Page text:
Last week I wrote about how Big Brother is becoming paranoid and insanely intrusive. One of the points I listed in support of my contention was this:
Motor vehicle computers (so-called 'black boxes) are being programmed to record more and more information about their activities, and how their drivers manage them. There are efforts to expand the amount of data recorded, but there are no legal restrictions on how such data may be used.
Am I a prophet, or what? CNS News reports:
Before the end of this year, the National Highway Traffic Safety Administration will decide whether or not to begin the rulemaking process to mandate that newly manufactured cars include what is being called “vehicle-to-vehicle” (V2V) communications technology that constantly broadcasts via radio wave the car’s location, direction, speed and, possibly, even the number of passengers it is carrying.
. . .
NHTSA sees this technology as the first step on a “continuum” of automotive evolution that will ultimately lead to fully automated vehicles navigated by internal electronics linked to external infrastructure, communications and database systems.
The upside of a government-mandated movement toward cars that are not controlled by the people riding in them is that it could make transportation safer, allow people to use time spent in a vehicle for work, rest or entertainment, and give people who are currently incapable of driving because of age or disability the opportunity to move as freely as those who can now drive.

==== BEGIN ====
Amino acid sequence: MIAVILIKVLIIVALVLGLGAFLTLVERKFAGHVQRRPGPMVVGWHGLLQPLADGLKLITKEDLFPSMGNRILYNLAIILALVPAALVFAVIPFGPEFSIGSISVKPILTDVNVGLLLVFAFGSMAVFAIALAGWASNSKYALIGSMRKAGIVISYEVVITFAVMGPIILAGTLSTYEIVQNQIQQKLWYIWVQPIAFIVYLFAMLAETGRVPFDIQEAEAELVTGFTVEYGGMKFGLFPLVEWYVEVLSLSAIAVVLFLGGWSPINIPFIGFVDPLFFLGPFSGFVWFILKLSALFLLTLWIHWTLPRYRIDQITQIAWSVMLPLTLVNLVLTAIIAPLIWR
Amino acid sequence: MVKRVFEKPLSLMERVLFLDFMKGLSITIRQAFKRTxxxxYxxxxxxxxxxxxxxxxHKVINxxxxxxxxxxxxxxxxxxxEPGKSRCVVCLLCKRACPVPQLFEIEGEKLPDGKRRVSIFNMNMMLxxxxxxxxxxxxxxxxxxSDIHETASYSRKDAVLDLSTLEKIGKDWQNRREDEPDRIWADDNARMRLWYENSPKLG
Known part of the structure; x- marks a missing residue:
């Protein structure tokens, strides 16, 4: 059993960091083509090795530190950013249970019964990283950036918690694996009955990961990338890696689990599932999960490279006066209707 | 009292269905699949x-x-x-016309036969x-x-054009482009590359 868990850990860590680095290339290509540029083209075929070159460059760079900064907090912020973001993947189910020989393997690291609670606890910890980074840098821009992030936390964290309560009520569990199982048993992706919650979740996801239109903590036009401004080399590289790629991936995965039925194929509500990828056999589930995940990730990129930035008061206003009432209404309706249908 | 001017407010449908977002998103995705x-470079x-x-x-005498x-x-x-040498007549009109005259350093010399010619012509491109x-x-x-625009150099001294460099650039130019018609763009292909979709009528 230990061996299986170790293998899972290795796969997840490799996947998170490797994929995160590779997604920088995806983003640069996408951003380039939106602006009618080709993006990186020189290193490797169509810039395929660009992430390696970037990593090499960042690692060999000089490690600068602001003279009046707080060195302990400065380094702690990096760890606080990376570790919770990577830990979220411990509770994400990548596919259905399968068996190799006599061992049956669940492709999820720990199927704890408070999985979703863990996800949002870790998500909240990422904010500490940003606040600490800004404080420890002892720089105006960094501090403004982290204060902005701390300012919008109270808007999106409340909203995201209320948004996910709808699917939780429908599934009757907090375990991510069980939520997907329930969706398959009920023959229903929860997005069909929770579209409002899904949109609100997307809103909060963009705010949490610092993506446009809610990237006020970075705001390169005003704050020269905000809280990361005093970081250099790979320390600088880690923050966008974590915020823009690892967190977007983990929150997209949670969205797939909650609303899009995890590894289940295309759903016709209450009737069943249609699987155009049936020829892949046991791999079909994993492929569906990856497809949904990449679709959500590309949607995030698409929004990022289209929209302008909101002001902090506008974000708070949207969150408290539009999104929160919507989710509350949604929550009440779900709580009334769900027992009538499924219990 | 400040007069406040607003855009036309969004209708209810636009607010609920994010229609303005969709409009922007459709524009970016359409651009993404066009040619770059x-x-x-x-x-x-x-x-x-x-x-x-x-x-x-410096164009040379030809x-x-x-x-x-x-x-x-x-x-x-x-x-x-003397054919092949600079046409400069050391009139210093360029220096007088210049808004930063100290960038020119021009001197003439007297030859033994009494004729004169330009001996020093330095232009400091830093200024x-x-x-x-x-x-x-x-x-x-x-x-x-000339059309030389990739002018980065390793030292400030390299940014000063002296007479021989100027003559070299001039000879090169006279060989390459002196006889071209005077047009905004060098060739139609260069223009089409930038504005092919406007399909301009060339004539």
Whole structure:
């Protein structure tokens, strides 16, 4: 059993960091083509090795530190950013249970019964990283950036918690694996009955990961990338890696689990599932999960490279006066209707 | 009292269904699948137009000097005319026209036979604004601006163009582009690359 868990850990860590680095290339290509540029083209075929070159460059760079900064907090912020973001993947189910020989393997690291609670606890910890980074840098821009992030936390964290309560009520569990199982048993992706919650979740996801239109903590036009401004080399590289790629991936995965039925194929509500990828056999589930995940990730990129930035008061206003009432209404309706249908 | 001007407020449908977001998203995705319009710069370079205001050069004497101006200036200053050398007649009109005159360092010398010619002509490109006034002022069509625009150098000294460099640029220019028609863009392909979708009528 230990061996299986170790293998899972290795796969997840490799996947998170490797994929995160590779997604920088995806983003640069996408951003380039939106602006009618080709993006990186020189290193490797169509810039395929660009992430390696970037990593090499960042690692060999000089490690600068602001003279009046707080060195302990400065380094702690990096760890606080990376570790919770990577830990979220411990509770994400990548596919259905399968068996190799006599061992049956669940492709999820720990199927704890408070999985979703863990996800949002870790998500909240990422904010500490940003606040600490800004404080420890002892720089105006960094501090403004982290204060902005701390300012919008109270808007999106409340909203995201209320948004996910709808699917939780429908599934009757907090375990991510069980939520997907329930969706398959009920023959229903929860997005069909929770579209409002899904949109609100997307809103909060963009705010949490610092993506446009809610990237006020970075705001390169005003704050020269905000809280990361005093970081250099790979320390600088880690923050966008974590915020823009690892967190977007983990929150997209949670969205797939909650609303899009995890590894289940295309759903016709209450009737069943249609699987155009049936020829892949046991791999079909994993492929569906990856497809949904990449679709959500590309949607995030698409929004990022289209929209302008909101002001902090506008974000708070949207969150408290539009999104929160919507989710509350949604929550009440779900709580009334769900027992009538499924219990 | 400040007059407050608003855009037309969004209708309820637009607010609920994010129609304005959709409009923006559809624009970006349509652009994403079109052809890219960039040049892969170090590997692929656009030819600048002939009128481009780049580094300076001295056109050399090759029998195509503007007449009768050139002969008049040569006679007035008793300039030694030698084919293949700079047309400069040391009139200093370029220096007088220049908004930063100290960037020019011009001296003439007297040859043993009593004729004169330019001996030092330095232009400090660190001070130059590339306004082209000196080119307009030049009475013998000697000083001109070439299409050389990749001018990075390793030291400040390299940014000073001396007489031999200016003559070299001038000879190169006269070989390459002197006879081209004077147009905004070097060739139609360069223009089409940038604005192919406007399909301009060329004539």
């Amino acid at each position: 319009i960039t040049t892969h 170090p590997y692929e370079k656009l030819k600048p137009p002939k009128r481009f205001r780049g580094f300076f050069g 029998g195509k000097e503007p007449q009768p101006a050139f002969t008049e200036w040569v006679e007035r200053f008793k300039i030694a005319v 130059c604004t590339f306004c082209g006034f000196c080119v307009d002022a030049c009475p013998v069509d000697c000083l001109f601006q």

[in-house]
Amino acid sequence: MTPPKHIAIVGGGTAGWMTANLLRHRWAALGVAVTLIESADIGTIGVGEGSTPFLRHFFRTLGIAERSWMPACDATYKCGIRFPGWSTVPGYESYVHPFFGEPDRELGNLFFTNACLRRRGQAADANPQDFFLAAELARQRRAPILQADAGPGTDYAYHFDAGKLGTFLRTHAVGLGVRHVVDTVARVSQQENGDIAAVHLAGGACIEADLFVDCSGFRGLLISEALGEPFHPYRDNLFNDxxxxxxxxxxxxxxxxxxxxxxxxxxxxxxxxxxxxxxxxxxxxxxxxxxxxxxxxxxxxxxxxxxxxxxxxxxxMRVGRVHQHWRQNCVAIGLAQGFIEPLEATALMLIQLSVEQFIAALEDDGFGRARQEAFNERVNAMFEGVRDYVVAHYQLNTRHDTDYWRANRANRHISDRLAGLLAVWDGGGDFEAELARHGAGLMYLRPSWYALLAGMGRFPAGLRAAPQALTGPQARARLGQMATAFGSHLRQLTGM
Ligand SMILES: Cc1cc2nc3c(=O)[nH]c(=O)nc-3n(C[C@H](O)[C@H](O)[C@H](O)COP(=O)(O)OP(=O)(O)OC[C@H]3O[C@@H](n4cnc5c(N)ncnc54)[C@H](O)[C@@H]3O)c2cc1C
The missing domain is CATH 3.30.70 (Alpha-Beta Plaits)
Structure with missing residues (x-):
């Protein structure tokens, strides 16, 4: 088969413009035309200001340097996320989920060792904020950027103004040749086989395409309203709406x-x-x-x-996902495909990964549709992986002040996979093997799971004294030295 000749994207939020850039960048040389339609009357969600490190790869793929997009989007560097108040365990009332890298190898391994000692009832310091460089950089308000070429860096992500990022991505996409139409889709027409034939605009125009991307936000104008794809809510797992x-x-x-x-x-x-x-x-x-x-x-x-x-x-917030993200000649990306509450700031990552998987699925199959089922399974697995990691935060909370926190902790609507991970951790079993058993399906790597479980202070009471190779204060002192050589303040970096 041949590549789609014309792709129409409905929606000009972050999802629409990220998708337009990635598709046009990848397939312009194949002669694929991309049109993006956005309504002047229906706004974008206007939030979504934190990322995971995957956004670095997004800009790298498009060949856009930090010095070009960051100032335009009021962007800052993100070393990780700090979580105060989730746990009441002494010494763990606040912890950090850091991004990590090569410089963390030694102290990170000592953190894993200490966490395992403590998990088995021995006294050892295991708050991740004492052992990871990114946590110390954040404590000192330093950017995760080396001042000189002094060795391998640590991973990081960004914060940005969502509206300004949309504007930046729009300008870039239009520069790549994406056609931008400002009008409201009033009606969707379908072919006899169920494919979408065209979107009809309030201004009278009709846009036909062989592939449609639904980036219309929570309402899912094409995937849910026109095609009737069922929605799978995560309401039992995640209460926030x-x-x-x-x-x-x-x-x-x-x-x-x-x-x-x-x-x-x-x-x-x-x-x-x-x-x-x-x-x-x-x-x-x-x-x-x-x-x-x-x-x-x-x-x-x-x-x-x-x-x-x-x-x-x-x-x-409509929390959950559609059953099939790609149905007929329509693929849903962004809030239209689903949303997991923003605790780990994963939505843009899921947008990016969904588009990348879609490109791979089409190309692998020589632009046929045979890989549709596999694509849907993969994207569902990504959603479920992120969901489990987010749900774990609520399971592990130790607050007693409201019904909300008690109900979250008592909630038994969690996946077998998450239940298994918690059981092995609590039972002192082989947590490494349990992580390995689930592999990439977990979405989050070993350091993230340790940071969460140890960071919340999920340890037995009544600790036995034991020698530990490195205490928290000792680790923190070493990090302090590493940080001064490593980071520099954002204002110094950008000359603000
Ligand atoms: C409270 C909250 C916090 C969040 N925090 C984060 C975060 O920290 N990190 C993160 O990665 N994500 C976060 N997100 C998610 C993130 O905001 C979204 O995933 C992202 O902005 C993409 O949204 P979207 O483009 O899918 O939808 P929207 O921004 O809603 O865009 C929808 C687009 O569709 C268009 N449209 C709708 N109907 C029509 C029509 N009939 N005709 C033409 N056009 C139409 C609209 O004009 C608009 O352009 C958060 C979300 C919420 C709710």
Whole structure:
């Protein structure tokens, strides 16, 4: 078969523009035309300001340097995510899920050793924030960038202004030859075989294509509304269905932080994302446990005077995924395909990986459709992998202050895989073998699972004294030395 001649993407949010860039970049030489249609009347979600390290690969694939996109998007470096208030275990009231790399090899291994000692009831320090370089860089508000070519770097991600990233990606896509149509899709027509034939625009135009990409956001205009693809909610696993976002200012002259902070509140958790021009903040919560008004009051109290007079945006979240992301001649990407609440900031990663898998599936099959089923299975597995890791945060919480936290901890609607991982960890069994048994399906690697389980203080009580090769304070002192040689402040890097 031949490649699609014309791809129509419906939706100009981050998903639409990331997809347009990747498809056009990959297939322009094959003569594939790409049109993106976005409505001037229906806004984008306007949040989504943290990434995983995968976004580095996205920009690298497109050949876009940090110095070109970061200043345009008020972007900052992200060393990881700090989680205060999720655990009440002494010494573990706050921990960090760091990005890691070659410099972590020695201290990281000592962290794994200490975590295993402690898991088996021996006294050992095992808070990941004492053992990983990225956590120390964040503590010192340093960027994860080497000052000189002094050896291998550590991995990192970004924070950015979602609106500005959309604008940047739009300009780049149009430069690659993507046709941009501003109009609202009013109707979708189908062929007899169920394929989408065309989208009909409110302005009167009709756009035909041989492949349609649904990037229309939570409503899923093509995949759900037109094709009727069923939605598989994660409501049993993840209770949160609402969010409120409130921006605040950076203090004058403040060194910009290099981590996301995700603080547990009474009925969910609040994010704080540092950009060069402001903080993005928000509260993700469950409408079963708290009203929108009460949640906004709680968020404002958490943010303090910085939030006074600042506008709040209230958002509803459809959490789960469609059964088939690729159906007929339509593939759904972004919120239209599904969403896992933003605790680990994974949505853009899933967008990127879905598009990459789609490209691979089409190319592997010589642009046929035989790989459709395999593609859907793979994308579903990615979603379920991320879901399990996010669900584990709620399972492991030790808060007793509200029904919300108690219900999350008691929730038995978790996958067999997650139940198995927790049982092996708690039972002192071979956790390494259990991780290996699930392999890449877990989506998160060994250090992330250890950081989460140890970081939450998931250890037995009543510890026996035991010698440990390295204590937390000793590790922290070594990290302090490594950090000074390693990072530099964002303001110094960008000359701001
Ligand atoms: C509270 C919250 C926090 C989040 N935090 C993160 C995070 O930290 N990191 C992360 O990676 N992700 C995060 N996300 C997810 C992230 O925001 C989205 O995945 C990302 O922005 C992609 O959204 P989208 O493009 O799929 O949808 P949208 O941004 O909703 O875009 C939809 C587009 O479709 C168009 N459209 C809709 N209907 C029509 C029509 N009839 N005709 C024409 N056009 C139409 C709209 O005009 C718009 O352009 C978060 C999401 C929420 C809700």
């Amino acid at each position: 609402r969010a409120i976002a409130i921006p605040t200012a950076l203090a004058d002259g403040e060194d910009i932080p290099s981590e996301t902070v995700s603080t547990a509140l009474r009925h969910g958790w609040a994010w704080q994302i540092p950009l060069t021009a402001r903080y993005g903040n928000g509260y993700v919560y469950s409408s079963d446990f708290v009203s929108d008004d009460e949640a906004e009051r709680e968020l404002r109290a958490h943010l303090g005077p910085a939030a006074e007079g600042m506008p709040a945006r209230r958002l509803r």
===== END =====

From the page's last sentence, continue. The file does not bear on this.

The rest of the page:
The downside is that such a transportation system would give the government at least the capability to exert increasing control over when, where, if - or for how much additional taxation - people are allowed to go places in individually owned vehicles. It could also give government the ability to track where people go and when.
The Obama administration says this is something it has “no plans” to do even if it does mandate V2V technology in all new cars.
. . .
“What was once previously thought of as science fiction and decades away from reality may now appear to be just around the corner,” NHTSA Administrator Strickland told the Senate Commerce Committee in written testimony in May.
There's more at the link. Bold, underlined text is my emphasis.
If you believe that the Obama administration - any administration, for that matter - is to be trusted when it says it has 'no plans' to use such features or impose such restrictions, then I have a bridge in Brooklyn, NYC I'd like to sell you. That's like the government offering to help you calculate how much tax you owe. Guess on whose side the margin of error is likely to fall?
I predict with confidence that such technology will start by being mandated in US cities with the biggest traffic problems. It'll be promoted as "a way to sort out the gridlock". It'll then spread to most large city centers, initially during rush hour periods, then in due course to 24/7/365. In other words, even if you live in an area where it's not mandated by law, your vehicle will still have to have this technology if you wish to drive into any major city - otherwise you'll be barred from using your own vehicle there. You'll have to park at a remote site and take public transport into town. If you don't want (or can't afford) to buy a new vehicle with all these electronic gizmos on it . . . too bad. You're S.O.L.
Big Brother. Wash, rinse, repeat . . .